First Day of School – a story

It was the first day of school, and the halls were booming with pubescent roars. Kids on the “Eduardo Segovia Municipal High-School” scrambled their way from the entry gate towards their assigned classrooms; in trickles of ones and twos, joining the larger streams of moving masses, snaking their way inside the building.

From his spot behind a window of the teacher’s lounge, he could see them burrowing an imaginary hole into the white three-story structure. He thought of the power embedded within the system, capable of ordering anybody – even them, even on the first day – into a well-fashioned, purposeful motion.

“Maybe there is some sense in it,” he thought a minute or two before the bell rang. He had toyed with the idea of becoming a teacher for some time. Finally, He admitted that despite his memories of hating most of it, and maybe because of it, he would be the right candidate for the job. Hell, no matter how bad it got, the pay was enough for him and the holidays were the final perk. Having spent the last year studying for his teaching diploma, he was beginning to acknowledge a creeping sensation of calling emerging from within him. He had attempted to fight it, but the idea of somehow being different than the teachers he had growing up, of being able to help people with the knowledge he possessed about reality, of changing things – had managed to persuade him that this was the place for him. Here, in high school, he would be valuable, helping others and, along the way mending the wrongs he felt had been engrained in the teaching system.

The bell rang, and the snake’s tail disappeared into the white box. Staring at the lackluster construction, he had almost expected the building to shake about; but it was standing still, awaiting him to charm whatever was inside. As the other teachers were nodding and scrambling out, he sipped the last of his coffee, grabbed his papers, and strolled out towards classroom 315.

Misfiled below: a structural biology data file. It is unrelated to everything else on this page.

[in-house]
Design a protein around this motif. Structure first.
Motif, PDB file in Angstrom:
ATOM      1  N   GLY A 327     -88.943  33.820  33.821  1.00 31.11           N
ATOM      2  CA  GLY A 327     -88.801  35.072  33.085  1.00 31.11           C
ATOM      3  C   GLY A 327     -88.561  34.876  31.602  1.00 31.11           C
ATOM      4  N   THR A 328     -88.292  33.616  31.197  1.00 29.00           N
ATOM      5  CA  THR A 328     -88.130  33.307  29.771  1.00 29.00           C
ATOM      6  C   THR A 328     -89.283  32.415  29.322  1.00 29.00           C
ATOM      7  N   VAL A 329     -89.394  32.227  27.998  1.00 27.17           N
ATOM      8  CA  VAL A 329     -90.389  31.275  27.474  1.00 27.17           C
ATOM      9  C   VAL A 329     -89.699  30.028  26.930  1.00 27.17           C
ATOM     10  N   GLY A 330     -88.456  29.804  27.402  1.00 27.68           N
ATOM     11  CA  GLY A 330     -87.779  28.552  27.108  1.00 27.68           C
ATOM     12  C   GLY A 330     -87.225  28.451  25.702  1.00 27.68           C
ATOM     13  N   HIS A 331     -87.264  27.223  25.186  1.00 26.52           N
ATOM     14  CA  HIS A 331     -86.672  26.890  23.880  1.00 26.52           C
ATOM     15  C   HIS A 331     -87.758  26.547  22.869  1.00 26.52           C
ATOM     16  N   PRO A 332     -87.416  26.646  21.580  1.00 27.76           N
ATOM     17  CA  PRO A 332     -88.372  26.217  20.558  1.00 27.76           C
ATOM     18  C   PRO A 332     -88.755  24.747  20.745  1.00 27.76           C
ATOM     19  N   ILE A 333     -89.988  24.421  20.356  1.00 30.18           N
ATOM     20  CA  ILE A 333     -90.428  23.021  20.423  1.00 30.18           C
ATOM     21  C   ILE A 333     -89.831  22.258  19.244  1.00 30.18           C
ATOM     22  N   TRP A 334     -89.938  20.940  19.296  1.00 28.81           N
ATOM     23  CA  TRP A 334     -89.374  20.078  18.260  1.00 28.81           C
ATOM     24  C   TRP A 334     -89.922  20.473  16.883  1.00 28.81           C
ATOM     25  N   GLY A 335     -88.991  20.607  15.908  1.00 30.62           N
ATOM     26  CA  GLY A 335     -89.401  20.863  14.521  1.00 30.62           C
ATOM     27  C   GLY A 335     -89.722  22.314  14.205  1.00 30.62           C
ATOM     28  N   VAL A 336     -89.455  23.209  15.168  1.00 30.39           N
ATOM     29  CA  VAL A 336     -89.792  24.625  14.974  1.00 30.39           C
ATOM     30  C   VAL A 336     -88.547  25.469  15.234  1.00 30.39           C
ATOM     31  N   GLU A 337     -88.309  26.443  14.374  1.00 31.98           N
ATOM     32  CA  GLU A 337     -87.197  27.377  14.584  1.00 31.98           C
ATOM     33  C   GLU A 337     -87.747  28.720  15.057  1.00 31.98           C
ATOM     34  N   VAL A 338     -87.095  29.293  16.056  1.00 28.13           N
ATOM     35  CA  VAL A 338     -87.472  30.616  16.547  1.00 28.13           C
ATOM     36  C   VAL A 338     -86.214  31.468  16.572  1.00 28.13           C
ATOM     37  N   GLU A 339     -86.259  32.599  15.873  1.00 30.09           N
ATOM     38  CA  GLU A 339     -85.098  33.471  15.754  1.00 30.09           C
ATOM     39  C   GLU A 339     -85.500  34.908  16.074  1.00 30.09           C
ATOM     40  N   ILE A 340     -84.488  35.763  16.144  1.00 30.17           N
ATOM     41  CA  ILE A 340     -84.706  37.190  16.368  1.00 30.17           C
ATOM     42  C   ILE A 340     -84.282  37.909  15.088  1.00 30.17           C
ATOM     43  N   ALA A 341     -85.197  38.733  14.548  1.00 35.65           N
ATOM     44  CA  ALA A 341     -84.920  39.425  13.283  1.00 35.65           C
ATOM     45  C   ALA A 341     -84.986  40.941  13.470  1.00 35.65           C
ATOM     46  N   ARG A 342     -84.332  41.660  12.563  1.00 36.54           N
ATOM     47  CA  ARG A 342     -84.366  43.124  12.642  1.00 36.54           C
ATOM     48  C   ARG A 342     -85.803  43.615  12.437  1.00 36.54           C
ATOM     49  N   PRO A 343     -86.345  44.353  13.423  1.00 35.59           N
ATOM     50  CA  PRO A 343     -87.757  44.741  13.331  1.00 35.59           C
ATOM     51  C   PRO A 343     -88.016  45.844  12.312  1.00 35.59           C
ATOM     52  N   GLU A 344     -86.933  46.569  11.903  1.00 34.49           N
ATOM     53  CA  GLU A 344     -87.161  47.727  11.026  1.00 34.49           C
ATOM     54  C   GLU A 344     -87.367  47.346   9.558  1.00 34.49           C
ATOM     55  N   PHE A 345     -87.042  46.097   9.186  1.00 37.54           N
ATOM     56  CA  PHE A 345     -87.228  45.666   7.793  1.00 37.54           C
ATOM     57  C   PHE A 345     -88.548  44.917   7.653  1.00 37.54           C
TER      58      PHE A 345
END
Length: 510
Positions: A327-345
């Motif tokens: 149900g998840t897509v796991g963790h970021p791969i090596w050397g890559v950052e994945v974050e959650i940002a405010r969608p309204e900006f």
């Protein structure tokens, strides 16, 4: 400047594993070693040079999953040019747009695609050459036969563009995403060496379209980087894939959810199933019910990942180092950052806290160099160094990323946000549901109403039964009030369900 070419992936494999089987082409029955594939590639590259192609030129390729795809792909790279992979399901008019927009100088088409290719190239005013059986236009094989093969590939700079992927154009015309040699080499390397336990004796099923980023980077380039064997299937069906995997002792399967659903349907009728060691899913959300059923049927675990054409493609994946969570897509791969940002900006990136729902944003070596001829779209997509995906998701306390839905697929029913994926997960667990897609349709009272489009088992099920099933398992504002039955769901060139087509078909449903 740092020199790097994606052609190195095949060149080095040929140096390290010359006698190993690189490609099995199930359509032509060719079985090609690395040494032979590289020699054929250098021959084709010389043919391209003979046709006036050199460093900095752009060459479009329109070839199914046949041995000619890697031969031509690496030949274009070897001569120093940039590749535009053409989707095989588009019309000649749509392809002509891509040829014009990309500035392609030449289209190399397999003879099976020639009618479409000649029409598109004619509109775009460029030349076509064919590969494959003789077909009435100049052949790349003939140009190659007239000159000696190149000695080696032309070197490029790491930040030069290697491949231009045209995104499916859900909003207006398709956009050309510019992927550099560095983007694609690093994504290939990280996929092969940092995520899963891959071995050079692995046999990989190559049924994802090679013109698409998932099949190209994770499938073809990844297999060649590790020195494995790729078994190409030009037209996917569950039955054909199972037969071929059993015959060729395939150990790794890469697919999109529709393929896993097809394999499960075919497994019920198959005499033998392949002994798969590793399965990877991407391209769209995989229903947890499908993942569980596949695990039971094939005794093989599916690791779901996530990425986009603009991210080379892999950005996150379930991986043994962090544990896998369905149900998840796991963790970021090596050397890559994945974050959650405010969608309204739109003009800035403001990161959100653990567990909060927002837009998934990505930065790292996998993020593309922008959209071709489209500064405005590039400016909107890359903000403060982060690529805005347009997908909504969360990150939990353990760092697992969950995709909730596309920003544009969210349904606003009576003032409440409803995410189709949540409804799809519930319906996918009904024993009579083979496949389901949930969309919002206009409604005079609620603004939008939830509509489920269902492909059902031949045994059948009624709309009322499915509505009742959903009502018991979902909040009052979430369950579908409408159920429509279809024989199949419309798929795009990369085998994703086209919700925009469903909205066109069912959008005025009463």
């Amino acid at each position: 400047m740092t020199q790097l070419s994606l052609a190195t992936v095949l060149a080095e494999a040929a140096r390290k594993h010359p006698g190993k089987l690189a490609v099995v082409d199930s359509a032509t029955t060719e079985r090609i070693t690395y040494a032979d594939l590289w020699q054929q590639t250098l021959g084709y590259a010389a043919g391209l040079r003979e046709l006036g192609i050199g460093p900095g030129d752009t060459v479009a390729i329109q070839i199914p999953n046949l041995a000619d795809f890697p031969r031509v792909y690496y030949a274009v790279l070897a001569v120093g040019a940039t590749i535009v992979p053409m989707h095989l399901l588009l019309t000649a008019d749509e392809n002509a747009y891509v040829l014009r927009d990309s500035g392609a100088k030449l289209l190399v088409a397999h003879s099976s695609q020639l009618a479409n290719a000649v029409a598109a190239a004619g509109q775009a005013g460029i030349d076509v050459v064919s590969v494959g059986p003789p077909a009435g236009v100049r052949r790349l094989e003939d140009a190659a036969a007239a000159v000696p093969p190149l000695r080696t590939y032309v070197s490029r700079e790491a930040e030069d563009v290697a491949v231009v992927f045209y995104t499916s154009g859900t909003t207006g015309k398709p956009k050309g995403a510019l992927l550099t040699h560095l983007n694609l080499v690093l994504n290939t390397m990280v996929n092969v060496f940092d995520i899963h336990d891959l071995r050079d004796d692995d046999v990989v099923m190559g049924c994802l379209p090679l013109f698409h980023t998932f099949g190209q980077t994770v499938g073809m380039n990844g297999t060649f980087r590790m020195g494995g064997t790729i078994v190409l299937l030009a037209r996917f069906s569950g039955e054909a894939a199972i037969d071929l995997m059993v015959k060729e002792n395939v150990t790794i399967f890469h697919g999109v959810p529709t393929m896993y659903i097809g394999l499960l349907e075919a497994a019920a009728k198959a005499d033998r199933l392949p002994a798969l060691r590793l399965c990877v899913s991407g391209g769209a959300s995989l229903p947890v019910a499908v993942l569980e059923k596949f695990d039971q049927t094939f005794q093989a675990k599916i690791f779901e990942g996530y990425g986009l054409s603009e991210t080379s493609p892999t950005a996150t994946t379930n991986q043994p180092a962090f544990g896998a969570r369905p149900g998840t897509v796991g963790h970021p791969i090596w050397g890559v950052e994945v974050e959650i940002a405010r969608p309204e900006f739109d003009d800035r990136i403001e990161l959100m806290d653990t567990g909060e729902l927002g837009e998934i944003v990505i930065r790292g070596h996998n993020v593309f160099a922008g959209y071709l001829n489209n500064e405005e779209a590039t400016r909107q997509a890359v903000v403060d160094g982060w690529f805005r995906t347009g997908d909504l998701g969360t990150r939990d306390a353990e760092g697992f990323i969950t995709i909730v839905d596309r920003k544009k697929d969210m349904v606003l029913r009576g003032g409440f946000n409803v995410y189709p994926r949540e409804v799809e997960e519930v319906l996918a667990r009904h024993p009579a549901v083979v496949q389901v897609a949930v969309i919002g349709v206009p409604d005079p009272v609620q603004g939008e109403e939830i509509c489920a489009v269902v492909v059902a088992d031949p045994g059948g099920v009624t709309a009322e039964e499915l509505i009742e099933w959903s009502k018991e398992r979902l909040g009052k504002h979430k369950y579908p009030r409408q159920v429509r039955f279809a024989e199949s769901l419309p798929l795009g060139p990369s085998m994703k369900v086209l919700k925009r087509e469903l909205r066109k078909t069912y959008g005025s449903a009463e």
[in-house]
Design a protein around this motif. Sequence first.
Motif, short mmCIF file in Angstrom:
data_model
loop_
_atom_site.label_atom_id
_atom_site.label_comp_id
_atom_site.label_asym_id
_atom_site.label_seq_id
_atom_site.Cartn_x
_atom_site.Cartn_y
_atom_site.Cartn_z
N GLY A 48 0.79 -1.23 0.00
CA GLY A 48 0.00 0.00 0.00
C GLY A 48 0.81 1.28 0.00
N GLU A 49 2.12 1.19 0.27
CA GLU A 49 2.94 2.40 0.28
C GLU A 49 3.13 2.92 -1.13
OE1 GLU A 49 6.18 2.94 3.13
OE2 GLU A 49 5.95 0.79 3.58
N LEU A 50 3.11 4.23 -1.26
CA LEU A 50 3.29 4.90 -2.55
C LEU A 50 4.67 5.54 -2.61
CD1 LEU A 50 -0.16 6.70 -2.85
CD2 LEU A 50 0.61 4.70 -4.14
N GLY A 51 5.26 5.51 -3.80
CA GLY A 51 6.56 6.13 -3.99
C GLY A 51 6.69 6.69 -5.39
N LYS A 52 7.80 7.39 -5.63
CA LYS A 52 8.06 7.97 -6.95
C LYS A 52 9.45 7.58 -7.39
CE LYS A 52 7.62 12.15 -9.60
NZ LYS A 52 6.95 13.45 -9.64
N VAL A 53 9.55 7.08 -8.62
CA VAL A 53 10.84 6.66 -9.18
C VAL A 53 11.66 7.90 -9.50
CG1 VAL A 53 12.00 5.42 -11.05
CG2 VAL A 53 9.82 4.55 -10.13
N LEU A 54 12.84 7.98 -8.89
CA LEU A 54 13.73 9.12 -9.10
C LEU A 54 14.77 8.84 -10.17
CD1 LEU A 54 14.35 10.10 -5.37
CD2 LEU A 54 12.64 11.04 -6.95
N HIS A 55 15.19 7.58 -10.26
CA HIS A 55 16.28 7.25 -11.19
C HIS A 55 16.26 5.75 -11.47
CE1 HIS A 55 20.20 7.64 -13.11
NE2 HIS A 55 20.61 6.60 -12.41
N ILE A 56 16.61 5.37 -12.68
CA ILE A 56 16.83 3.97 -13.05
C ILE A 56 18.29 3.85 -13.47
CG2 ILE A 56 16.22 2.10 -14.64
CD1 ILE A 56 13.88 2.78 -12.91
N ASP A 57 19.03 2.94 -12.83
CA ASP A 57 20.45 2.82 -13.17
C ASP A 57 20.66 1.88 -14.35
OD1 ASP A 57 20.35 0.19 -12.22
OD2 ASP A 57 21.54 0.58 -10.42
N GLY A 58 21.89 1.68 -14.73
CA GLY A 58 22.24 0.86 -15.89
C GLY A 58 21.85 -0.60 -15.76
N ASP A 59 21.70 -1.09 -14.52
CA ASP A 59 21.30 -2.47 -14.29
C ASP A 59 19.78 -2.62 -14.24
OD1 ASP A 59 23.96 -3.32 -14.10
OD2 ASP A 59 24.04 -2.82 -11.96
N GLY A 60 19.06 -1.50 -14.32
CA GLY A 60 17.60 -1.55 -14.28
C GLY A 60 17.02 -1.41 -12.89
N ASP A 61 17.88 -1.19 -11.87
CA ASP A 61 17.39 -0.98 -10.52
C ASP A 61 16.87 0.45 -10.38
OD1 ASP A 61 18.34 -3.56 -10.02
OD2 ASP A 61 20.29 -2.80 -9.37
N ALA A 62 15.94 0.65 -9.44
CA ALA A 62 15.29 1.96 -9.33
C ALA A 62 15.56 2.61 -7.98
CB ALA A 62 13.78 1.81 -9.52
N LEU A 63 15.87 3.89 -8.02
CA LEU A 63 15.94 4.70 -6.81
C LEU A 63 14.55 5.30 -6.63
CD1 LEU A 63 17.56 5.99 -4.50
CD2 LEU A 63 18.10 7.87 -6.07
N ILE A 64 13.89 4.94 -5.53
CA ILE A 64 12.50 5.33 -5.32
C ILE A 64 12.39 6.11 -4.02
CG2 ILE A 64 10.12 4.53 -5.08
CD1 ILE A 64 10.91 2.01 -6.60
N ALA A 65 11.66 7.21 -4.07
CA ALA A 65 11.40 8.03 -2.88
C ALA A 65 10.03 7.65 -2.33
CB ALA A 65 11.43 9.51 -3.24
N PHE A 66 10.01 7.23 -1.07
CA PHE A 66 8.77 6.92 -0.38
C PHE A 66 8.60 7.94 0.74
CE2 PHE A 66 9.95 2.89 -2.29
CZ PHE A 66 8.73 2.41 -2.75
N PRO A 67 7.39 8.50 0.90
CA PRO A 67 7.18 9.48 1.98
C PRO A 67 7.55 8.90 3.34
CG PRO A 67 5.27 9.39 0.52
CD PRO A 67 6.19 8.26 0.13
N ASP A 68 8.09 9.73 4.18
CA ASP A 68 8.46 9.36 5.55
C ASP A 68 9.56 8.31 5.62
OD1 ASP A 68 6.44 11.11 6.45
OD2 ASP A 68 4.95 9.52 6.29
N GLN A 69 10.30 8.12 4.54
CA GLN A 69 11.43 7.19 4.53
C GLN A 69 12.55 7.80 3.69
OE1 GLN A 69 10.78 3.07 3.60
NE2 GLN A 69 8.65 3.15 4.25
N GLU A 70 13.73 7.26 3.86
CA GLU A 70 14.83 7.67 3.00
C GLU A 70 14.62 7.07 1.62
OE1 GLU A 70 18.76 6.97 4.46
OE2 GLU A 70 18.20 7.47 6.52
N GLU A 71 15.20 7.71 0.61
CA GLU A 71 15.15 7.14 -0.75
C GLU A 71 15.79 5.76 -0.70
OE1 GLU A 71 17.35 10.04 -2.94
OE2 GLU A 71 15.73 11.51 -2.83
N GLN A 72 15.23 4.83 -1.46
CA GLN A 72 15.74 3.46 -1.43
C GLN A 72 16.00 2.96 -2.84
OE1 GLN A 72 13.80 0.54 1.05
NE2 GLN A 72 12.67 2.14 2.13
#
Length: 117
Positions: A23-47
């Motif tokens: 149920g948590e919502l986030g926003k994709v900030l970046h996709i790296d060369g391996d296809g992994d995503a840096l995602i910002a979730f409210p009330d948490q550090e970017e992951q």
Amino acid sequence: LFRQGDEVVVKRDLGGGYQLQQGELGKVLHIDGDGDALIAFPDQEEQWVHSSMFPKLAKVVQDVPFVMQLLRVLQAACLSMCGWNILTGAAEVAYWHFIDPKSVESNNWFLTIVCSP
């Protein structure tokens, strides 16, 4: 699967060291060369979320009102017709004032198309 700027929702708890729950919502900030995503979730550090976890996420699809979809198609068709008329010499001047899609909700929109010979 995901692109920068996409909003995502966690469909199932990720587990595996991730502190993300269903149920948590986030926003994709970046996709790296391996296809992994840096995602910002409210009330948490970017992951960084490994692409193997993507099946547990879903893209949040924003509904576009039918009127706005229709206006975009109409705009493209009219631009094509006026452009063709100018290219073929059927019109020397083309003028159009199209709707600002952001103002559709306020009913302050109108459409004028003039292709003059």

Stepping on the grey tiles aligned on the way, he could almost recall his childhood walks home from school, spent looking at the floor most of the way. A wonder he would make it home at all without being run over, he thought. How much nonsense have they stuffed him with back then that he had to avoid eye contact with the world to reach home safely? Now was perhaps a chance to amend all this.

As he looked up, the hallway glared with silence, as if trying not to disclose the secret of its roaring just a moment ago. The rest of the teachers had started their classes already. He paused outside the door, trying to listen to the ruckus inside his designated class. He waited for several seconds and, unable to hear anything, went inside.

They were seated at their desks and were looking at him. He thought of nodding hello but decided to walk and settle his things first. The table was on the other side of the classroom. He walked in silence and flung his briefcase over it, only to hit the edge of the desk first and have his papers drop to the floor. Looking sideways to the classroom, they were still sitting quietly. He got on the floor, picked up his papers, and scrunched them on the desk as straight as he could.